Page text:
App Store Small Business Program Developers Share Their Experiences

  • Apple’s App Store Small Business Program has been in place for just over one year.
  • It halved in-app purchase fees from 30% to 15% for developers transacting less than $1 million per year.
  • Independent developers shared that the program has been going well for them.

Independent developer Emmanuel Crouvisier quit his startup job on January 1 — coincidentally the one-year anniversary of Apple’s App Store Small Business Program — and he largely credits the program for enabling his career switch.

The program cut in-app transaction fees from 30% to 15% for developers with App Store transactions of less than $1 million annually. Developers enrolled in the program told Insider that they are happy to take home higher proceeds and were surprised by the ease of enrollment in the program.

The fee reduction program, which launched on January 1, 2021, has since allowed some developers to quit their full-time jobs to focus on independent app ventures and provided a financial cushion more than two years into the pandemic.

While developers laud the program, the iPhone maker is currently facing international backlash for requiring apps to use its own payment system — and taking as high as a 30% fee for every transaction — but developers in the program say the 15% fee is proportionate to the benefits that Apple provides them.

“We’re not getting the returns from the 30% cut that we should — the services that Apple is providing are not worth that much,” said Jeff Johnson, an independent iOS developer.

Johnson was pleased yet surprised when Apple announced the program. Things became clearer when court documents revealed that maintaining this lower rate for at least three years was a part of a class action settlement after small developers accused Apple of monopolistic behavior for its payment system.

Apple also agreed to pay $100 million into a settlement-stipulated Small Developer Assistance Fund, which essentially reimbursed in-app transaction fees for developers who made under $1 million per year in any calendar year between 2015 and 2021.

The settlement funds have been dispersed, but developers are concerned that the program will only last the three years stipulated in the agreement.

An Apple spokesperson did not say whether the program would last beyond the three-year requirement. The spokesperson also noted that the program was announced in November 2020, before the settlement was announced in August 2021.

Vidit Bhargava, who was an Apple Worldwide Developer Conference Student Scholar in 2016, hopes this program continues and noted an additional 15% of income for developers can mean the difference between developing their app on the side or full-time.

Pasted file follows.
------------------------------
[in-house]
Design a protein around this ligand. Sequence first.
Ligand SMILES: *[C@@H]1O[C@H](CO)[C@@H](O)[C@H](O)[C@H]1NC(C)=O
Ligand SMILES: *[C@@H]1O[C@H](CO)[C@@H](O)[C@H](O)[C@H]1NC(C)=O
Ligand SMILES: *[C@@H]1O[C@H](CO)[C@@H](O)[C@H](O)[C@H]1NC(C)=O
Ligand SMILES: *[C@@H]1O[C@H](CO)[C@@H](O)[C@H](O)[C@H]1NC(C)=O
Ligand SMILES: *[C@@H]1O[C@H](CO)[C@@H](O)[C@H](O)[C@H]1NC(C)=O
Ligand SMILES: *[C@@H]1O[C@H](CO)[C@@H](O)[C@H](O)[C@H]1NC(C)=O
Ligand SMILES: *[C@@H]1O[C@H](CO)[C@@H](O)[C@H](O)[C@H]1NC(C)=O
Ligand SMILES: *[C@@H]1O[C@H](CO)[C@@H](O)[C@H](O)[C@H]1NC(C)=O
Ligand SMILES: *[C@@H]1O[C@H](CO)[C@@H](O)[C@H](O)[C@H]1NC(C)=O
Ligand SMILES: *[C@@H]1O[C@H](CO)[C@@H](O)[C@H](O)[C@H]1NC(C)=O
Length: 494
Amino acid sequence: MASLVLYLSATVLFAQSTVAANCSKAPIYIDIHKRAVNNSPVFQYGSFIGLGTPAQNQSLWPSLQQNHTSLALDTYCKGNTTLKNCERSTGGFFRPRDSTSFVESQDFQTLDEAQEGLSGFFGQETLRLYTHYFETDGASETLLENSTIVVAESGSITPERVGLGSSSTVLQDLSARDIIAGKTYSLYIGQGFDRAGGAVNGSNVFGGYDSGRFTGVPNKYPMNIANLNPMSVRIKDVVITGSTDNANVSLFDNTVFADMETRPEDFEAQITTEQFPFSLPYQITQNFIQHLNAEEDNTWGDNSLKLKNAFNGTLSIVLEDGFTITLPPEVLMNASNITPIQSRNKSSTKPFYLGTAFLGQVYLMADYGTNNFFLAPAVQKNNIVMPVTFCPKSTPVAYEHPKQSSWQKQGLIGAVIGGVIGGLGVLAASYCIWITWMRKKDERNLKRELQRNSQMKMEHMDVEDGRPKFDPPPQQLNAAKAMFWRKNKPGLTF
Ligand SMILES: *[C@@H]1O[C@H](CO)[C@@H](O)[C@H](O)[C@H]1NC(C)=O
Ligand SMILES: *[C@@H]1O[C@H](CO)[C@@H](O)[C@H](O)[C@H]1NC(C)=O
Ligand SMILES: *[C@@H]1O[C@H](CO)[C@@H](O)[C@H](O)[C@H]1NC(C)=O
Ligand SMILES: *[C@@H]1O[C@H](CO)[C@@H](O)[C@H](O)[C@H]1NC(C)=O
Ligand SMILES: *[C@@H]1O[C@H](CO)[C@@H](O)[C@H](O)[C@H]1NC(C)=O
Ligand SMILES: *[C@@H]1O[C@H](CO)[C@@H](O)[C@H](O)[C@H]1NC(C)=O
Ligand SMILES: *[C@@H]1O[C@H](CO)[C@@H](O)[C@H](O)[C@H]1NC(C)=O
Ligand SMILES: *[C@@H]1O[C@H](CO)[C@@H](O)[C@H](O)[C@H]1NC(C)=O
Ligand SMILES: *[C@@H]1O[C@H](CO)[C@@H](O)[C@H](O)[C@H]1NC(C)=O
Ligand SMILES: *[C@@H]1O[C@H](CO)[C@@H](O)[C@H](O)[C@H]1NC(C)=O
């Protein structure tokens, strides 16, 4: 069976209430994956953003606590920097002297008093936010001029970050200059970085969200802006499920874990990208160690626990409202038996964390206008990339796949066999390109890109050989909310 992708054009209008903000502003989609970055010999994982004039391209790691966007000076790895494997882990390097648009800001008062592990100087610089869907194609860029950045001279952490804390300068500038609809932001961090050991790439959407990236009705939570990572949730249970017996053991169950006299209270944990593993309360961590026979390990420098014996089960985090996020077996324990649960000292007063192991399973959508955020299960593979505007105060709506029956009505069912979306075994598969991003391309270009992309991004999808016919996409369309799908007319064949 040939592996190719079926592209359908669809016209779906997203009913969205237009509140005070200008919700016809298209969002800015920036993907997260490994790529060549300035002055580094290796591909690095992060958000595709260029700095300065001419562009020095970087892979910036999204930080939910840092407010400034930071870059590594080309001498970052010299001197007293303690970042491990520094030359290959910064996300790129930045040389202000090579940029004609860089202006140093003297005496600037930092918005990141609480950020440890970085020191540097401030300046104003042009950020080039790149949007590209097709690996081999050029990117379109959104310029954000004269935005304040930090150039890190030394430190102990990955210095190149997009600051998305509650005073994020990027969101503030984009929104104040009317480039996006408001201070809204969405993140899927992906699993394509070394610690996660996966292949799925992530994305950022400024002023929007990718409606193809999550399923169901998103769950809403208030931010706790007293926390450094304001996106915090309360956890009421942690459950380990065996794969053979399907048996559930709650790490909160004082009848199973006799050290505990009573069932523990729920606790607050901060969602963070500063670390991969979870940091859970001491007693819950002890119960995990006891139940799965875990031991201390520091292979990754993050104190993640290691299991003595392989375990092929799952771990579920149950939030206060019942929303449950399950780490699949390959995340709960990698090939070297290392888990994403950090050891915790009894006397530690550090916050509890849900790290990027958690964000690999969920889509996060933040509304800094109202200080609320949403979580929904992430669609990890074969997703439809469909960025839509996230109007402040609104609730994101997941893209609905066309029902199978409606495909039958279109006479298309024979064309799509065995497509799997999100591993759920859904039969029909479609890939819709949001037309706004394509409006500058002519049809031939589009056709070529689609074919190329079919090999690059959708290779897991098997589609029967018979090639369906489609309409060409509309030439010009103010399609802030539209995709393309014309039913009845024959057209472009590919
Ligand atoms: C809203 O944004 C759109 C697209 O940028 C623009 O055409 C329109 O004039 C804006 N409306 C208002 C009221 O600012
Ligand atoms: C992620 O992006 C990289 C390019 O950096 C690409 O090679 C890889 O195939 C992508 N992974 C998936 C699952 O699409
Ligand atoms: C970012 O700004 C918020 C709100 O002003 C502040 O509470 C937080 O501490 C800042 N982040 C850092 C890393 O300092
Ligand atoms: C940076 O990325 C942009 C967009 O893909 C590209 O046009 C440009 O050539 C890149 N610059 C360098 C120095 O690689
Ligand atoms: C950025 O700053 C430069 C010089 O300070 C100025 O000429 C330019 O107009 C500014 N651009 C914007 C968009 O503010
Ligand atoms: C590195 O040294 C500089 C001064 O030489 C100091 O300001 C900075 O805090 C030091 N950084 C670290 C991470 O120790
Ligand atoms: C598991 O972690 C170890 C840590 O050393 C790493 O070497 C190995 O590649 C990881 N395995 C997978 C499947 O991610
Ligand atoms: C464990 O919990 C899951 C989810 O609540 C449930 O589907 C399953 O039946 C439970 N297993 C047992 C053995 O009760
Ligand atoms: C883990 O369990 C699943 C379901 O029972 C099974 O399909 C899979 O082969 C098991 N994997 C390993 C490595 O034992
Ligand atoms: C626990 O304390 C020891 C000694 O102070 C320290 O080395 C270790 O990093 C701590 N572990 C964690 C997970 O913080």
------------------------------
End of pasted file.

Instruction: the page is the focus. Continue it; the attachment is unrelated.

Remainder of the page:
“It’s a great model to be able to support younger developers,” Bhargava said while recalling the decision to either take a traditional 9-to-5 job or become a full-time independent app developer. “If you look at the percentage jump, that would have been a clear-cut answer for me that [app development] is much more lucrative.”

Crouvisier, who was able to quit his job as director of engineering at a software development company earlier this year, has been developing apps for nearly a decade, but his app Card Pointers, which helps people maximize rewards from their credit cards, launched in 2020 was his first successful app.

He began monetizing it in late 2020 and was so successful that he began strategizing how to stay in the App Store Small Business Program — if an app surpasses $1 million of in-app transactions within one year, it is no longer eligible for the program and All transactions for the rest of the year as well as for the next calendar year are subject to a 30% fee.

He calculated that getting booted from the program could mean losing $150,000 per year.

In August Apple announced that it would begin to let developers communicate with their users outside of apps to inform them about the alternative, non-Apple purchasing methods. Crouvisier has taken advantage of this by emailing users discounts if they pay with Stripe.

Overall, he has been happy with the program as well as the resources Apple’s ecosystem provides. He only recommends a small change to automatically enroll developers into the program.

“My app helps people save money so I’m very big on saving money myself,” Crouvisier said with a laugh.

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